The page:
3. Publishers are more risk-averse: Since its publication in 2003, The Da Vinci Code has sold over 80 million copies, yet in the last five years no title has sold over 20 million copies. Lower sales mean lower profits and increase the risk of publishing new authors. Likewise, the crowded market created by developments like self-publishing makes it harder for new launches to stand out — the ‘window of opportunity’ for new titles is now as brief as four weeks.
4. Shrinking volumes: The Federation of European Publishers says ebook sales have stabilised at 6-7% of total book sales — lower than once feared. But there are digital challenges from other quarters: social media competes for consumers’ attention, as does people’s growing habit of ‘binge watching’ boxsets and streamed TV series.
5. Self-publishing creates new content: While not a totally new phenomenon — Jane Austen and Marcel Proust self-published — today digital production options mean it’s easier than ever to get into print (or onto an e-reader device).
6. Special interest publishing: With short run and on-demand digital book production models, tying up capital in inventory is not an issue, and every hobby or passion becomes a niche opportunity for publishers. Publishing in minority languages becomes economical. No book need ever be out of print — for example, Munich publisher Goloseo specialises in reviving treasured children’s literature in both printed and digital form.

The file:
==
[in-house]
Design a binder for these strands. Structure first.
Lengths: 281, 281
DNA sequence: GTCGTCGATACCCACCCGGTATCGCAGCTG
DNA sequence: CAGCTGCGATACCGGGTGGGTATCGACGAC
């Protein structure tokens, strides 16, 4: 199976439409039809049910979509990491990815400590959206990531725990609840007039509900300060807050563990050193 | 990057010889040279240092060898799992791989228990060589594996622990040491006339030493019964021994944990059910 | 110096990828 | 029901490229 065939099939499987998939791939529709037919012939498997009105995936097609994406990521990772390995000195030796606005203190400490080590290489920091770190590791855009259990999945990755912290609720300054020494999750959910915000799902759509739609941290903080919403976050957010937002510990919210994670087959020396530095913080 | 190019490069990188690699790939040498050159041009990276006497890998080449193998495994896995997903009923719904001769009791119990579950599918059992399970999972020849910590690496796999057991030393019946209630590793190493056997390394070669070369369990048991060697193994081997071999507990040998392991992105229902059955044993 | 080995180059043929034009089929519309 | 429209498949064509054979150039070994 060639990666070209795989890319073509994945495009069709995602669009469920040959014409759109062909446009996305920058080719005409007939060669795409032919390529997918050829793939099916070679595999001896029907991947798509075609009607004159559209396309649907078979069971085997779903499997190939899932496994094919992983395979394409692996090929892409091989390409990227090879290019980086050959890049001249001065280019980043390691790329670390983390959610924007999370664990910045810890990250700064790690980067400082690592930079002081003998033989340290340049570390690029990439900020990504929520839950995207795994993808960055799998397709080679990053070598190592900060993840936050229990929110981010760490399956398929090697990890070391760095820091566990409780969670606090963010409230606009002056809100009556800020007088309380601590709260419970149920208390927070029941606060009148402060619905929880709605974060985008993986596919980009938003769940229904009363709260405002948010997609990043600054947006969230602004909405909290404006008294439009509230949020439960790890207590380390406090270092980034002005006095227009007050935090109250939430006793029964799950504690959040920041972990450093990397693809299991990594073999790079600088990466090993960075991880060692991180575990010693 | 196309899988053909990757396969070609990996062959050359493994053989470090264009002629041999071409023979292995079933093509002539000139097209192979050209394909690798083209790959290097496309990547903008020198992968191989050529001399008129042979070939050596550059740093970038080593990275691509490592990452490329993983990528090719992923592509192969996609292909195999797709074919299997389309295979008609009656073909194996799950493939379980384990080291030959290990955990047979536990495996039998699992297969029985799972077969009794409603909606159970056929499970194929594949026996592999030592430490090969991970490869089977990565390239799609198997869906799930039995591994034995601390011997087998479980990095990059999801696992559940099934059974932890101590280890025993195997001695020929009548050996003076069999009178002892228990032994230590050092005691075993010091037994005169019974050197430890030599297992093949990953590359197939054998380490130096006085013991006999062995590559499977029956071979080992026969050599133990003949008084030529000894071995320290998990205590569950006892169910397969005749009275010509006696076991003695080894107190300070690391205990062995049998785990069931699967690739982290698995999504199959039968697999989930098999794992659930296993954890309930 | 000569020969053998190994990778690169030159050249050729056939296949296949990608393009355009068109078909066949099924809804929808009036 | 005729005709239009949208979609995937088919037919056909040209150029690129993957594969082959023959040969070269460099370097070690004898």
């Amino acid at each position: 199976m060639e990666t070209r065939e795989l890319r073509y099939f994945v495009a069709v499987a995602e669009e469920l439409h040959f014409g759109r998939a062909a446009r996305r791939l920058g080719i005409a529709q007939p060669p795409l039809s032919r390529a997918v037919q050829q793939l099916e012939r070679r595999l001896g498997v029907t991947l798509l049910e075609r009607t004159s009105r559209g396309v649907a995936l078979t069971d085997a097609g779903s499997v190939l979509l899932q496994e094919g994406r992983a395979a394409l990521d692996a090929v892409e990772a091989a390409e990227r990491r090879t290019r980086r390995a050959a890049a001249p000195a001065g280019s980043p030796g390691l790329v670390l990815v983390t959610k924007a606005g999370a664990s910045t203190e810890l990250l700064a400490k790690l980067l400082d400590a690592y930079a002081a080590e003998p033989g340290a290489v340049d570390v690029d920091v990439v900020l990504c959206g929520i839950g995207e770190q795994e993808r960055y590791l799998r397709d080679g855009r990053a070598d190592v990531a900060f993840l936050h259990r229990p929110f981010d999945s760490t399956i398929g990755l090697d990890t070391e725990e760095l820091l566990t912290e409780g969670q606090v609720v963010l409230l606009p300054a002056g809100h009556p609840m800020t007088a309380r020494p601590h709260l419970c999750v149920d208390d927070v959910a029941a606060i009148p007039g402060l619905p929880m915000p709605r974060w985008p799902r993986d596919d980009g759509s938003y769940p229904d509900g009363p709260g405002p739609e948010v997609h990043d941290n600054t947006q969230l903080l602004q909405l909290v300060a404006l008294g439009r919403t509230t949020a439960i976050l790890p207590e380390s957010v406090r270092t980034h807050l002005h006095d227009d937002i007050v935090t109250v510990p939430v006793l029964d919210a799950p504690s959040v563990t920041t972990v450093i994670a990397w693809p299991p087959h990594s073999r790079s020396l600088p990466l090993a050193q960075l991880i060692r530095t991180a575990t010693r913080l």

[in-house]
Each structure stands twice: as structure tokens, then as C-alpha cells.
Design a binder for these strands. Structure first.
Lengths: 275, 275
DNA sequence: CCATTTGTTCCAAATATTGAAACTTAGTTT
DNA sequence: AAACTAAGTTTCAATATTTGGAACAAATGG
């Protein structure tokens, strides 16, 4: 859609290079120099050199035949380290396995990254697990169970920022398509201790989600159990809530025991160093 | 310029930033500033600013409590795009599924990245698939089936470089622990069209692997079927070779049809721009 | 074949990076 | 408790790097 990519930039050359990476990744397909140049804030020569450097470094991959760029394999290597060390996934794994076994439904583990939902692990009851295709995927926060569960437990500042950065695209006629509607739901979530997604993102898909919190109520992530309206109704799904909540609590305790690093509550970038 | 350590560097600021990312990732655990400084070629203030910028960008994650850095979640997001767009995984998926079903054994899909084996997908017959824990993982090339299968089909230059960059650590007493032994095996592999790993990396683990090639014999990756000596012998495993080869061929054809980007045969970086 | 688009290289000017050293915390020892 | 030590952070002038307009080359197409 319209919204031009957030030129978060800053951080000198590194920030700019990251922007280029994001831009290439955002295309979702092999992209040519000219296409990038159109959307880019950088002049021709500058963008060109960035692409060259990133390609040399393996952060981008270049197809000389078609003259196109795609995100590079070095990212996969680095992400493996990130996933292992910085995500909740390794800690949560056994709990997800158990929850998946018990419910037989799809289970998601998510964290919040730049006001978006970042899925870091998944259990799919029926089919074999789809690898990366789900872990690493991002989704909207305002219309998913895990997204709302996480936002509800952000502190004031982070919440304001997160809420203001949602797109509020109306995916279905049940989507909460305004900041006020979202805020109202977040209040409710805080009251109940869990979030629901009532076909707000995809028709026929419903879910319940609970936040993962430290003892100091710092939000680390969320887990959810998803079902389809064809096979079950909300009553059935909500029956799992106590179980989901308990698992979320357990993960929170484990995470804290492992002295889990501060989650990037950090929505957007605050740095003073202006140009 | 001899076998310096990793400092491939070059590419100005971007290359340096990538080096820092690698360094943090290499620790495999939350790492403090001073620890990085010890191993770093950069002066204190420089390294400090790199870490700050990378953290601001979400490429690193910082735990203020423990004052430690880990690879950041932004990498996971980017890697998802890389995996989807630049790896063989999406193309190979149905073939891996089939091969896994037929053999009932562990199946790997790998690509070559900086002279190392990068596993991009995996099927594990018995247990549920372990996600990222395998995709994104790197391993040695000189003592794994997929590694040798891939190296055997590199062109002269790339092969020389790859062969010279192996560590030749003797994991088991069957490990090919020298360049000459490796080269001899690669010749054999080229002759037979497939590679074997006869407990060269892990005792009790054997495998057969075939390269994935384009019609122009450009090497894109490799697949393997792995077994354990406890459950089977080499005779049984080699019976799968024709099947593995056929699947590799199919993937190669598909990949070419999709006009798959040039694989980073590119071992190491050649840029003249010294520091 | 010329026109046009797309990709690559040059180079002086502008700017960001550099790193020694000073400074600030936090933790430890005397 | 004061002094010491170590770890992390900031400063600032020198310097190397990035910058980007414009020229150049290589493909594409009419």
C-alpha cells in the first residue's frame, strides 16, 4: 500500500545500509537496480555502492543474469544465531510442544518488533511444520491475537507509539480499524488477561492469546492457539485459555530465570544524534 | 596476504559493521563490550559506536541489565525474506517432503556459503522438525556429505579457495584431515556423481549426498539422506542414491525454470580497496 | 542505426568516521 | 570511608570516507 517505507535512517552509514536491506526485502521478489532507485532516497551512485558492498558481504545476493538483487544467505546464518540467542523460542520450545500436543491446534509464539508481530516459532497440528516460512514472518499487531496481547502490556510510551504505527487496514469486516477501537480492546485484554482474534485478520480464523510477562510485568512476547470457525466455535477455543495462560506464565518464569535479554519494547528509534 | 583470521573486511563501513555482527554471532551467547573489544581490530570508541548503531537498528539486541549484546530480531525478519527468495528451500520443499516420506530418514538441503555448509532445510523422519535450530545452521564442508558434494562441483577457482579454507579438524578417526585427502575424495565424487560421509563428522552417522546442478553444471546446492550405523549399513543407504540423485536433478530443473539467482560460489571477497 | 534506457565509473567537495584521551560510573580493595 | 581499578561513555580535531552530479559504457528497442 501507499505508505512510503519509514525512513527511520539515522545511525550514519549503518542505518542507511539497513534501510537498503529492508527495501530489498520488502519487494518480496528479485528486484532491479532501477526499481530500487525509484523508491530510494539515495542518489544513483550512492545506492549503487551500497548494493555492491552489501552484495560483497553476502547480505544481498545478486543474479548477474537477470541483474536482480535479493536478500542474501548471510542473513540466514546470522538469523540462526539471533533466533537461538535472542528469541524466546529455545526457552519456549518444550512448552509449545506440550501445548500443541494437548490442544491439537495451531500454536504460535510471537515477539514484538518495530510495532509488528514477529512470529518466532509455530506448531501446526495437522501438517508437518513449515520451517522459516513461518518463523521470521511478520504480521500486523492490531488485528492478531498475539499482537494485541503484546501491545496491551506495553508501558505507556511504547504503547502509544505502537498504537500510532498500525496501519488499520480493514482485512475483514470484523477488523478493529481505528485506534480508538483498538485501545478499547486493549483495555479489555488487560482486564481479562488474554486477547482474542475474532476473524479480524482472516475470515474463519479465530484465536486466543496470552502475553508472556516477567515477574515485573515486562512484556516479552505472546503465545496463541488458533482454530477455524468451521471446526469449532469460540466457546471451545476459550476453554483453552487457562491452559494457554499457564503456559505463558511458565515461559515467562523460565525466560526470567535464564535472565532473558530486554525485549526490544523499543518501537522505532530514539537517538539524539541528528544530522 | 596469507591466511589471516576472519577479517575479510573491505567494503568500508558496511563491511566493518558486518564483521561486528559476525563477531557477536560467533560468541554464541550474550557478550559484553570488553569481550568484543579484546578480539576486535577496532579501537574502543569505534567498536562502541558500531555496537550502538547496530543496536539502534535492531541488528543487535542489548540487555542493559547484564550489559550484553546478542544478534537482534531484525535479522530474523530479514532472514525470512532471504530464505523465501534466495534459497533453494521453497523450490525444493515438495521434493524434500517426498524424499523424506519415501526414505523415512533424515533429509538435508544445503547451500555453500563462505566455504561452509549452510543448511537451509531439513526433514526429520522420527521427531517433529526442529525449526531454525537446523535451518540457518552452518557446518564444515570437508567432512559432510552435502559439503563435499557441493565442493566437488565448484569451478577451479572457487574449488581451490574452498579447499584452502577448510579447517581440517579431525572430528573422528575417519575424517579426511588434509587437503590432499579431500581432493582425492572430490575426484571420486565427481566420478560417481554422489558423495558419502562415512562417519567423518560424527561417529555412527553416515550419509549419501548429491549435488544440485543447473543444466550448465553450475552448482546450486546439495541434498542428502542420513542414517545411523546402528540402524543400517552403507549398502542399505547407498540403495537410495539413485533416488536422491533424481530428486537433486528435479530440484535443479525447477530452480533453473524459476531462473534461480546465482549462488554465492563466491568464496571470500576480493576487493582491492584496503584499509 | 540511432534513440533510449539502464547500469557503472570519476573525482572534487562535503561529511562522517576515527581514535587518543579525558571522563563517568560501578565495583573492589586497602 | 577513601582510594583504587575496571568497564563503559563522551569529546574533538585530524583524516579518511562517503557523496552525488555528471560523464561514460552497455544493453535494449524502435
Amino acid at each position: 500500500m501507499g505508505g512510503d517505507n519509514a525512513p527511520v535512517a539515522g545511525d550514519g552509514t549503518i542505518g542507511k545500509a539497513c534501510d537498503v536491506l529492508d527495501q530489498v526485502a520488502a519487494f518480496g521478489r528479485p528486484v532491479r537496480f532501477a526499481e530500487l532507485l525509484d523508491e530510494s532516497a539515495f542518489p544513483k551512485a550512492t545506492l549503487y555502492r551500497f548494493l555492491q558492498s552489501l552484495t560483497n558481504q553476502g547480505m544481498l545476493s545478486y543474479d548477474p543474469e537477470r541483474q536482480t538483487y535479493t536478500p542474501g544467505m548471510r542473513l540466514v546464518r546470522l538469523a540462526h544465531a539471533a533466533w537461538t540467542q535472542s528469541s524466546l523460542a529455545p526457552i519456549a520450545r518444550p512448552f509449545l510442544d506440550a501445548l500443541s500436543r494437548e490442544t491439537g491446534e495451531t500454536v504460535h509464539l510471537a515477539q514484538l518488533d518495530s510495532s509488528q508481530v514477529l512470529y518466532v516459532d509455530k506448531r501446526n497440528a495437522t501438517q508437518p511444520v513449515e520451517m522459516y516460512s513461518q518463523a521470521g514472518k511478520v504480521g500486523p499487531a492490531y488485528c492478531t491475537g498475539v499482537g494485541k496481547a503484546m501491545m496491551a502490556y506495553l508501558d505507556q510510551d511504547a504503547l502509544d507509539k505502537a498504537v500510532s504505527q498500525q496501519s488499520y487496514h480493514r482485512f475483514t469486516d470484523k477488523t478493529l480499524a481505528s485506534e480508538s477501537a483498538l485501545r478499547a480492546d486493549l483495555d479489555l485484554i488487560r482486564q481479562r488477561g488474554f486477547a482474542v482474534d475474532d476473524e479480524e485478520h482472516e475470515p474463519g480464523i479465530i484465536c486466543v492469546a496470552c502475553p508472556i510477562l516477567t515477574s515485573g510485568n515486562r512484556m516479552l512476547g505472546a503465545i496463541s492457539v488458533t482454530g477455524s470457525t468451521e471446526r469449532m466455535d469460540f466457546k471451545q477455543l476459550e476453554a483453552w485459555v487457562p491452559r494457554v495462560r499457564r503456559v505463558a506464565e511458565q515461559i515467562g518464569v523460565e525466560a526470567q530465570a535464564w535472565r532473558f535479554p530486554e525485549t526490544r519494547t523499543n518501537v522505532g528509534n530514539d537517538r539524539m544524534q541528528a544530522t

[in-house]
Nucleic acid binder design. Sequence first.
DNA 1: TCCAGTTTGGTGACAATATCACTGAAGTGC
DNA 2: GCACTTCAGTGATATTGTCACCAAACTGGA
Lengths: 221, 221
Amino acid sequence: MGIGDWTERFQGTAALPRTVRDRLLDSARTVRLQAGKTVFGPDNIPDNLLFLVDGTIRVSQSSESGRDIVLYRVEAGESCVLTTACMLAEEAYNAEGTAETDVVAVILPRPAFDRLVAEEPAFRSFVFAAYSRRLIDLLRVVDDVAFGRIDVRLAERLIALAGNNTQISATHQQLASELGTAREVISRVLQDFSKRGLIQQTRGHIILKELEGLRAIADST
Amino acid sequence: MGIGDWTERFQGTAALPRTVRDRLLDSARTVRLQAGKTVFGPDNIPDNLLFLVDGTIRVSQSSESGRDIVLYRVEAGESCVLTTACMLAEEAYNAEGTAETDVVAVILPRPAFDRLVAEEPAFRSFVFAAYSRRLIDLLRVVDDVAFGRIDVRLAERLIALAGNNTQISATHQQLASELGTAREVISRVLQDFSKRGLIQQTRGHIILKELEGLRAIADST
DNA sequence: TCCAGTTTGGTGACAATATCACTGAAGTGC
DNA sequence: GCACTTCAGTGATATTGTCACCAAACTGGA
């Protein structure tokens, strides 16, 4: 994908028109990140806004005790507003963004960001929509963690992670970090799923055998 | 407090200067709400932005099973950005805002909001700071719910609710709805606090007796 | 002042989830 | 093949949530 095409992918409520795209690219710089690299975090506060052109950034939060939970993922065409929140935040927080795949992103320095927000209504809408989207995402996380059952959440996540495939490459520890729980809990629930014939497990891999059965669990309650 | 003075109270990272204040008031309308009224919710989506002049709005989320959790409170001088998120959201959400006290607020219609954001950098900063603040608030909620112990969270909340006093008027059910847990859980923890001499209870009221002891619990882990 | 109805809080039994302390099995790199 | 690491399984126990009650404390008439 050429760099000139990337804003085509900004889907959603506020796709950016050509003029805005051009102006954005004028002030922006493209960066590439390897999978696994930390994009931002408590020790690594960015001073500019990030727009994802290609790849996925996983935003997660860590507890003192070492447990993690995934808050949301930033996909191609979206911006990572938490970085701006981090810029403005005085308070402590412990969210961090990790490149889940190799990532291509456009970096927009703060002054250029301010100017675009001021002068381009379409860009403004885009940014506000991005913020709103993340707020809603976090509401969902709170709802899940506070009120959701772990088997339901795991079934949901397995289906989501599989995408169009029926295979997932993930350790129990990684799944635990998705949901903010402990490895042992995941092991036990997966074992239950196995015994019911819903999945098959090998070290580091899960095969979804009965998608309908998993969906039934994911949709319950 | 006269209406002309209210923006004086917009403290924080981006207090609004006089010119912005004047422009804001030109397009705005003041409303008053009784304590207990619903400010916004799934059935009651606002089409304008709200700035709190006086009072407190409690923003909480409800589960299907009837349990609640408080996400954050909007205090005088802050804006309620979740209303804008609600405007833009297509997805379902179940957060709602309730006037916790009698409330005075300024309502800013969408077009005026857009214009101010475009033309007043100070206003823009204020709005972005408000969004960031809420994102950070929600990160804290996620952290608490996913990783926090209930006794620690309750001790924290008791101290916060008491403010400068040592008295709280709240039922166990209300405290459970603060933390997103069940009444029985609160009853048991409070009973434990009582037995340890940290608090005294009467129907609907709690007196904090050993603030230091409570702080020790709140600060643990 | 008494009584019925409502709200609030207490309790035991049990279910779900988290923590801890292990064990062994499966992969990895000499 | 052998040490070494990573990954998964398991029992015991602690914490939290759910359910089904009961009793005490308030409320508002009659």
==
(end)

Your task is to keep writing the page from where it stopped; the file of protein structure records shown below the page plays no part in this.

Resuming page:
7. ‘Digital natives’ want physical books: People feel overwhelmed by digital media. In 2017 a survey by Two Sides found that 72% of respondents prefer printed books and newspaper, and 69% turn to print to ‘switch off’ from their digital devices.
8. Consumers expect multi-platform content: When they’re not ‘switching off’ with a book, these digital natives are adept at viewing content on multiple devices simultaneously — be it the written word, audio, or video.